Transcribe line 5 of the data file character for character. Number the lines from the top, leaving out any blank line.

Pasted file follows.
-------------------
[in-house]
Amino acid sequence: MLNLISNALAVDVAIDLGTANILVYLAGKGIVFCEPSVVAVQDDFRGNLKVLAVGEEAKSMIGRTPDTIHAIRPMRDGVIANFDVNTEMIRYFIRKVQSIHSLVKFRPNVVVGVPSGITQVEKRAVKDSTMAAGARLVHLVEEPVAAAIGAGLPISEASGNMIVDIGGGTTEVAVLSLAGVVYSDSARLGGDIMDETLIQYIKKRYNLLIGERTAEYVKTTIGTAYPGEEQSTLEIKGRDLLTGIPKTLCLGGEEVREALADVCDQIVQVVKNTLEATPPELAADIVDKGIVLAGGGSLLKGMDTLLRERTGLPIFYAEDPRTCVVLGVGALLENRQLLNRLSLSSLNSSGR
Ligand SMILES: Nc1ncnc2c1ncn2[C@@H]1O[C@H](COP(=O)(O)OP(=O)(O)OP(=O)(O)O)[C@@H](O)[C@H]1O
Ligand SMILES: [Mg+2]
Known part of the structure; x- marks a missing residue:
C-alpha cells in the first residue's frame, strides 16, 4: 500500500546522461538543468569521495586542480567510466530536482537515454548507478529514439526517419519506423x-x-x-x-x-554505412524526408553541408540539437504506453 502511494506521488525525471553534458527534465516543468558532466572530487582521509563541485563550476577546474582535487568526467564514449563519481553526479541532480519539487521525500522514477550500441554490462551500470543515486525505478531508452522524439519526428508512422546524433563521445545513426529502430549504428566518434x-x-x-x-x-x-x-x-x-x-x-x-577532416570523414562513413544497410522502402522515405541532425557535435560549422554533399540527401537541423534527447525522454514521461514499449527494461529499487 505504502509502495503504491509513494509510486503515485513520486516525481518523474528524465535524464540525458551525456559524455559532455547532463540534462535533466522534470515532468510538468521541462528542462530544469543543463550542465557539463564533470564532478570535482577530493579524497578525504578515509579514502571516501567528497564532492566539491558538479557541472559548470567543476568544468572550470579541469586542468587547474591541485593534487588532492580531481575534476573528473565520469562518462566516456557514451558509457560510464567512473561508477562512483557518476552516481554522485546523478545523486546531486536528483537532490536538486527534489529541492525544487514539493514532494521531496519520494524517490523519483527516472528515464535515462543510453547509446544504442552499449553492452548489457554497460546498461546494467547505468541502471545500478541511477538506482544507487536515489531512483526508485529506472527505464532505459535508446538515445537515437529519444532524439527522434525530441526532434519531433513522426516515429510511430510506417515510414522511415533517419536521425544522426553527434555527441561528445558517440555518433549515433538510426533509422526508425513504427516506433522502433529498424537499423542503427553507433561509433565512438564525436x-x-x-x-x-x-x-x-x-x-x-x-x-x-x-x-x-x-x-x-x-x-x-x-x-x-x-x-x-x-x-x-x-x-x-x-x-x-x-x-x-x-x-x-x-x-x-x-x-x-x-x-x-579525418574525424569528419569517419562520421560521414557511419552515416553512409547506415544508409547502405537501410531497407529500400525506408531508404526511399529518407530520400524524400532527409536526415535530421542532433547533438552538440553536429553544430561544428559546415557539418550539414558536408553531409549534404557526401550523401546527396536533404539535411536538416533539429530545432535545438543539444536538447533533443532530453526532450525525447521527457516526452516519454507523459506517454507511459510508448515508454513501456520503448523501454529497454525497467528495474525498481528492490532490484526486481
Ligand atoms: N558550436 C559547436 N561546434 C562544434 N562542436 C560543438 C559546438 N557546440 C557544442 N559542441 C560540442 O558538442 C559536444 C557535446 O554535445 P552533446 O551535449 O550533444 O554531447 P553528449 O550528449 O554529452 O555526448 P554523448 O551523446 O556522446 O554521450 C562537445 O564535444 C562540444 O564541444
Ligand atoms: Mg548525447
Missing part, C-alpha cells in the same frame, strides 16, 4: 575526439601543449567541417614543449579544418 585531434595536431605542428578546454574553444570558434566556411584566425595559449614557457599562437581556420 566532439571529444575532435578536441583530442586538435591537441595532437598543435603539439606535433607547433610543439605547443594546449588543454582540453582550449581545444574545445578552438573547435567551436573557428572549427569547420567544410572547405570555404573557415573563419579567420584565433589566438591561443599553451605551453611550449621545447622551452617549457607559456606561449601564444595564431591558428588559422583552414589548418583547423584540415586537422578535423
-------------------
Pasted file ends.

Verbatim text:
Known part of the structure; x- marks a missing residue: